Atheris desaixi, commonly known as the Mount Kenya bush viper, Ashe's bush viper, or Desaix's bush viper, is a venomous species of viper endemic to Kenya, where only two isolated populations are known. It is known for its striking black and yellow coloration. No subspecies are currently recognized.
This species is named in honor of Frank DeSaix, an American Peace Corps volunteer who collected the first specimen.
Terrestrial animals are animals that live predominantly or entirely on land (e.g., cats, ants, snails), as compared with aquatic animals, which liv...
Oviparous animals are female animals that lay their eggs, with little or no other embryonic development within the mother. This is the reproductive...
Precocial species are those in which the young are relatively mature and mobile from the moment of birth or hatching. Precocial species are normall...
Arboreal locomotion is the locomotion of animals in trees. In habitats in which trees are present, animals have evolved to move in them. Some anima...
Venom is a type of poison, especially one secreted by an animal. It is delivered in a bite, sting, or similar action. Venom has evolved in terrestr...
Adults are an average 40–60 cm (about 16-24 inches) in total length (body + tail), with a maximum total length of 70 cm (28 in). Newborns measure 17–22 cm (6.5–8.5 in) in total length. In Ashe's original 1968 description, adults were reported to grow to an average 49–68 cm (about 19-27 inches) total length, with a head and body length of 43–59 cm (17–23 in) and a tail length of 6–9 cm (2.4–3.5 in).Show More
The eyes are set well forward in the head and are surrounded by 14–17 scales. Interorbital scales number 8–11. The eye is separated from the nasal by two to three scales and from the supralabials by two. Upper labials: 10–12. Sublabials: 11–14. The rostral scale is not as wide as it is long, while its upper margin is highest at the center. The rostral is also accompanied by an even number of suprarostrals. The superciliary scales above the eyes are not enlarged (as opposed to A. ceratophora ). The nasal scale is round and single, or partially divided.
Midbody, the dorsal scale rows number 24–31. The dorsal scales are short and heavily keeled. However, on the upper dorsals the keels terminate before the end of each scale. On the lower dorsals, the keels are serrated (like in Echis ). The ventral scale count is 160–174. In females the subcaudals number 41–54. One male specimen had 53 subcaudals.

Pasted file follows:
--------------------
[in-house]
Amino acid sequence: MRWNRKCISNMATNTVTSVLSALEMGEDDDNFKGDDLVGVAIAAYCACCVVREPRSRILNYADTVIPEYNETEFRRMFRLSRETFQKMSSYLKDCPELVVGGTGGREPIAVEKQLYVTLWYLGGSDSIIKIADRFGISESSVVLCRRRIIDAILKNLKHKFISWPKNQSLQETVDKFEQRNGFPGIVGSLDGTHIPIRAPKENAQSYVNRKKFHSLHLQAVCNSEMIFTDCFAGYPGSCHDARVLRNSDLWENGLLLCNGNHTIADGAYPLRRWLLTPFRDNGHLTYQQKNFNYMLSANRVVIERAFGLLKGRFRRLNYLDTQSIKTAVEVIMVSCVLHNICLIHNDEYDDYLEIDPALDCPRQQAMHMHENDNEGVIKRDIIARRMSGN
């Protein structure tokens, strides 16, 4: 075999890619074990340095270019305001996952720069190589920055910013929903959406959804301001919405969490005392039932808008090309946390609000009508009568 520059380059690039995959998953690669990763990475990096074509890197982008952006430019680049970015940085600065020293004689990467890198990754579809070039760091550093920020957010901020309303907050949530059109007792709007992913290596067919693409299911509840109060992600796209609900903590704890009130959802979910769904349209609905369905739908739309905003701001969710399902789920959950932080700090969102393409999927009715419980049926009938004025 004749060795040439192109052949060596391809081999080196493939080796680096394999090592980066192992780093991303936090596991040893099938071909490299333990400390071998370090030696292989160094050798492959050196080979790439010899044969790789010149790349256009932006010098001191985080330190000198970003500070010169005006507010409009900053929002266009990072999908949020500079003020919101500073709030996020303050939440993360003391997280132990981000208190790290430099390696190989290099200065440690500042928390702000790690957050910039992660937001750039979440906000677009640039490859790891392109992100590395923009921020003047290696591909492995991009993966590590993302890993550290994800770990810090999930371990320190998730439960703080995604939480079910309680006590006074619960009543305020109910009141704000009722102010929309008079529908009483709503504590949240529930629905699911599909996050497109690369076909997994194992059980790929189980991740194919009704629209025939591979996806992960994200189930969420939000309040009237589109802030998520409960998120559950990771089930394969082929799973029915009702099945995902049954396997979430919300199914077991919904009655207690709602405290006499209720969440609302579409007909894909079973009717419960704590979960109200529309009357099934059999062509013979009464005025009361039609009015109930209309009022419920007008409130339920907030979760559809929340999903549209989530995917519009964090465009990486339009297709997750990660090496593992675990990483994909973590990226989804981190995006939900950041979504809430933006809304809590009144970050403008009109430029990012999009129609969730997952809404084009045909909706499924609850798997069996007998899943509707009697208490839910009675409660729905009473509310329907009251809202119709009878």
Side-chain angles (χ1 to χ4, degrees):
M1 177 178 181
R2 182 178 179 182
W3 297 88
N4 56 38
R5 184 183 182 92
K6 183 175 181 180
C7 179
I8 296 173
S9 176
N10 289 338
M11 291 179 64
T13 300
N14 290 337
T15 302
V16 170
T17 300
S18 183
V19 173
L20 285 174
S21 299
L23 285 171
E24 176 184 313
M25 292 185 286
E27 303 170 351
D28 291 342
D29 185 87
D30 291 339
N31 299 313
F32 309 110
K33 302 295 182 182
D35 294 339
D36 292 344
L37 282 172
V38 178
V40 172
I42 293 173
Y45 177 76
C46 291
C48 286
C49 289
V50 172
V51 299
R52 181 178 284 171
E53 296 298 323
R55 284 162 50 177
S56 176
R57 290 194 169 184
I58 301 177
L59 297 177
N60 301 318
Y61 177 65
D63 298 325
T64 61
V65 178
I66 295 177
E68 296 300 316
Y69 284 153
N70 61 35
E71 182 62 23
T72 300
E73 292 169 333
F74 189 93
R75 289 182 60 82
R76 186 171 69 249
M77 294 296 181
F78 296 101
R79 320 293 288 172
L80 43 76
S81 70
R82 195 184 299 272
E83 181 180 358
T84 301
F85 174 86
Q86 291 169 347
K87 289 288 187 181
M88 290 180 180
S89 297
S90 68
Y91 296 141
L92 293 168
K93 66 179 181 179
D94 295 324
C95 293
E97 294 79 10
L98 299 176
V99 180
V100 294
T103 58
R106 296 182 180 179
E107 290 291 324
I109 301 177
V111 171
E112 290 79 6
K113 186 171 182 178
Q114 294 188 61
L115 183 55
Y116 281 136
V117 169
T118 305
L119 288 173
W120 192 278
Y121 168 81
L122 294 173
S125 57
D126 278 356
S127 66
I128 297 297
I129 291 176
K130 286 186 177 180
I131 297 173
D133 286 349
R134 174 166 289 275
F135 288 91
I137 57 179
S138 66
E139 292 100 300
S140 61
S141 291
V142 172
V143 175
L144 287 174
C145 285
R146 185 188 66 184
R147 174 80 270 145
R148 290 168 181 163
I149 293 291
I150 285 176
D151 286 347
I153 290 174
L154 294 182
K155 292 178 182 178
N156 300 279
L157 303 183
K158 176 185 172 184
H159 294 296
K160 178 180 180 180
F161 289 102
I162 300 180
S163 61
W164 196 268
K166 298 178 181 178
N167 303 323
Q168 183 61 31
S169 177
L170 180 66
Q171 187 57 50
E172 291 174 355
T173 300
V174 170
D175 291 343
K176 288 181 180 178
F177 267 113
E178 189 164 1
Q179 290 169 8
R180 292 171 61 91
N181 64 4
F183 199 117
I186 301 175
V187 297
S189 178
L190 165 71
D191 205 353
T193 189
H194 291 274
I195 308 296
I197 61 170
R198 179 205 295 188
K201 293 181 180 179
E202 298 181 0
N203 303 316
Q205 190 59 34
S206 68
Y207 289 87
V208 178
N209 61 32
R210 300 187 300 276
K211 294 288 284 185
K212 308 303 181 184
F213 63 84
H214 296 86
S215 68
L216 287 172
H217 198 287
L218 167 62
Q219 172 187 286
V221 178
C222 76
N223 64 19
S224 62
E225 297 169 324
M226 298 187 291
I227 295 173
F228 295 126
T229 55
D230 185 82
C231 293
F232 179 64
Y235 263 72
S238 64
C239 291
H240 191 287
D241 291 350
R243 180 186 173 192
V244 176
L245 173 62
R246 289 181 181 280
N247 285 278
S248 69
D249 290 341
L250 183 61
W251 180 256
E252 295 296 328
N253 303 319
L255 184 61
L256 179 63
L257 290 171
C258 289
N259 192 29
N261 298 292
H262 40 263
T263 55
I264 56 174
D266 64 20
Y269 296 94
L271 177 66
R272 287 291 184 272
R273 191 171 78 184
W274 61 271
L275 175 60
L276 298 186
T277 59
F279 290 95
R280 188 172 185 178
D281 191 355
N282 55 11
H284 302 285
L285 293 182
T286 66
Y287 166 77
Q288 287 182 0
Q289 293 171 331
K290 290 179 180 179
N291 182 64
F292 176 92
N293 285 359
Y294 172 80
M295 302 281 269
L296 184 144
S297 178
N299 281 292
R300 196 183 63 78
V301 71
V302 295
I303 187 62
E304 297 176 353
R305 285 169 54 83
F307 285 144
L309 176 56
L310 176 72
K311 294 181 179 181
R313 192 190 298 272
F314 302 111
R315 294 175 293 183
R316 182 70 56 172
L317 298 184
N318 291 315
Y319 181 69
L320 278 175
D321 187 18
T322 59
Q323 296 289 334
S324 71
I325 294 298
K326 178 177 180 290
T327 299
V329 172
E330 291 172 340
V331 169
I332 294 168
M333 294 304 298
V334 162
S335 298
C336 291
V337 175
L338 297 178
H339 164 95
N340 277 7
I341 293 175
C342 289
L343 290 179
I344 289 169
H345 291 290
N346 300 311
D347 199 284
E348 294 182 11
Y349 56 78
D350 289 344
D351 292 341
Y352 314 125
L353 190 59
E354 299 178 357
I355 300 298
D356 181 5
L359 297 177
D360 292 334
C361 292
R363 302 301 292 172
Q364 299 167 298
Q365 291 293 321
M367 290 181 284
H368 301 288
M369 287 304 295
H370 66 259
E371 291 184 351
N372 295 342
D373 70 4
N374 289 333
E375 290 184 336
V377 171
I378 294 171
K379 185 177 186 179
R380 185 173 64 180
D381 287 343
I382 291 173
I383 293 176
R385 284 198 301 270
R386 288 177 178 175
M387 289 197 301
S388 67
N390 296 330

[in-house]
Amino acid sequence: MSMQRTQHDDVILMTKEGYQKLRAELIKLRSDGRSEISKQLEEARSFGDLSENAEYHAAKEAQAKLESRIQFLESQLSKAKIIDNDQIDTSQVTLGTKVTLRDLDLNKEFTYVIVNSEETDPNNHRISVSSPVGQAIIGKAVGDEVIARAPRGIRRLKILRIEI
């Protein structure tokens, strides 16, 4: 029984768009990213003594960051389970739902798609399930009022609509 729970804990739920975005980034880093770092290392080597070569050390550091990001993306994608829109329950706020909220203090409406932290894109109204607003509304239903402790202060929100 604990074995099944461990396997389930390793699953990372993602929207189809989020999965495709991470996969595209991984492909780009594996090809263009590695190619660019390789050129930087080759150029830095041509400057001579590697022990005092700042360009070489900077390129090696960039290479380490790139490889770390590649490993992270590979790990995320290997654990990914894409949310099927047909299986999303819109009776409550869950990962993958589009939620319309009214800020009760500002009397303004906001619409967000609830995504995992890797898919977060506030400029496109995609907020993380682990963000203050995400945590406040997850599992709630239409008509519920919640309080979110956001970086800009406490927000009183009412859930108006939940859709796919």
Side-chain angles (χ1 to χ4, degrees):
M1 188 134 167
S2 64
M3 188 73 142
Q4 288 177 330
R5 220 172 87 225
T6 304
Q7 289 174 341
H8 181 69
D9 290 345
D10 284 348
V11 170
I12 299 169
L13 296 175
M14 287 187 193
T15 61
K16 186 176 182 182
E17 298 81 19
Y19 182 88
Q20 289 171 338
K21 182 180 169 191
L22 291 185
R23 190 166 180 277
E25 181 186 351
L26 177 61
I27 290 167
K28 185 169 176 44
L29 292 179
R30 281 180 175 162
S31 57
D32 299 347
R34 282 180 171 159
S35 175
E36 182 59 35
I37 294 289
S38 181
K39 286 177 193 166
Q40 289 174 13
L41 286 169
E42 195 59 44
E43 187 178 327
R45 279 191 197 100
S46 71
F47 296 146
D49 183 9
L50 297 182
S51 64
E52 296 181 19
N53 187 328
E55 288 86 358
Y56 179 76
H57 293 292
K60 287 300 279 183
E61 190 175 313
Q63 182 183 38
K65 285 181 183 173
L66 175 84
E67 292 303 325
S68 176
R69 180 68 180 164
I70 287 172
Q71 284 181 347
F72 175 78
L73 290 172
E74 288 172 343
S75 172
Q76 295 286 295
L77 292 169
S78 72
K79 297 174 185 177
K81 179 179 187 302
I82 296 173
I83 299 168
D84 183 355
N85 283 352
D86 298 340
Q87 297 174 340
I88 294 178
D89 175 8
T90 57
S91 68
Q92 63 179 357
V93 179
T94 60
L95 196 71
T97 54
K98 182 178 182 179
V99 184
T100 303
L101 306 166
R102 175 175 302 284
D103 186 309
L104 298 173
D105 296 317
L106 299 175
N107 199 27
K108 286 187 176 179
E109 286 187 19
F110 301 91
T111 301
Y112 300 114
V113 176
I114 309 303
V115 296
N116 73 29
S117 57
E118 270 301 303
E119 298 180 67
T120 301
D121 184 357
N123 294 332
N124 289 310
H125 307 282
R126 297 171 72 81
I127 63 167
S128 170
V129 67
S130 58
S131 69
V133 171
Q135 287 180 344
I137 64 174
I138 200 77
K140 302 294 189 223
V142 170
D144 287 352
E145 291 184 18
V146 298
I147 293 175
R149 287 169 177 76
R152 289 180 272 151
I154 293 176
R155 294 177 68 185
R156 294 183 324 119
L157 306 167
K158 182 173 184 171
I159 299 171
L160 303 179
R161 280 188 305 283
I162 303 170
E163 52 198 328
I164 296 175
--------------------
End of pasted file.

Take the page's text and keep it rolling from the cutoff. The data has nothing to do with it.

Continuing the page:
The color pattern consists of a greenish-black to charcoal-black ground color, while each scale is tipped with yellow or yellowish-green, giving the animal a speckled appearance. Some scales have more of this color to them and form a series of loops along the sides of the body. These loops may fuse into zigzag patterns posteriorly, fading again on the tail. Anteriorly, the venter is yellow or yellowish, fading towards a purplish-black towards the rear and under the tail, except for the tip that is blotched with yellow. Juveniles are mainly yellow with a white tipped tail. This darkens as they grow until they reach the adult color phase at a total length of about 30 cm (12 in).Show Less
Two isolated populations in Kenya: in the forests at Chuka, south-eastern Mount Kenya, and Igembe in the northern Nyambeni range. The type locality is listed as "near Chuka, Lat. 0° 20' S, Long. 37° 35' E, in rain forest at an altitude of c. 1,600 meters ", Kenya.Show More
The original specimens, for which field notes were taken, were found in dense rain forest at 1,600 m (5,200 ft), collected in clearings and along pathways in the dense foliage about 2 m (6.6 ft) above the ground. The conditions were very humid and all specimens were collected within a 1.6 km (0.99 mi) radius. In this environment, their coloration offers them an excellent camouflage, making them very difficult to spot.Show Less
Little is known. They are obviously arboreal, moving slowly and deliberately among the branches of their habitat as other Atheris species do, but it is unknown when their daily peak activity occurs. In captivity, they are just as willing to accept food during the day as at night.Show More
When captured, they will strike readily and struggle vigorously in the hand. They may also perform a characteristic, stridulating threat display, in which counterlooped coils and the lower serrated, keeled scales are rubbed against one another to produce a loud hissing noise. However, captive specimens soon calm down and this behavior is lost.Show Less
A gravid female specimen found in the Nyambeni range is reported to have given birth to 13 offspring in the month of August. Newborns measured 17–21 cm (6.7–8.3 in) in total length.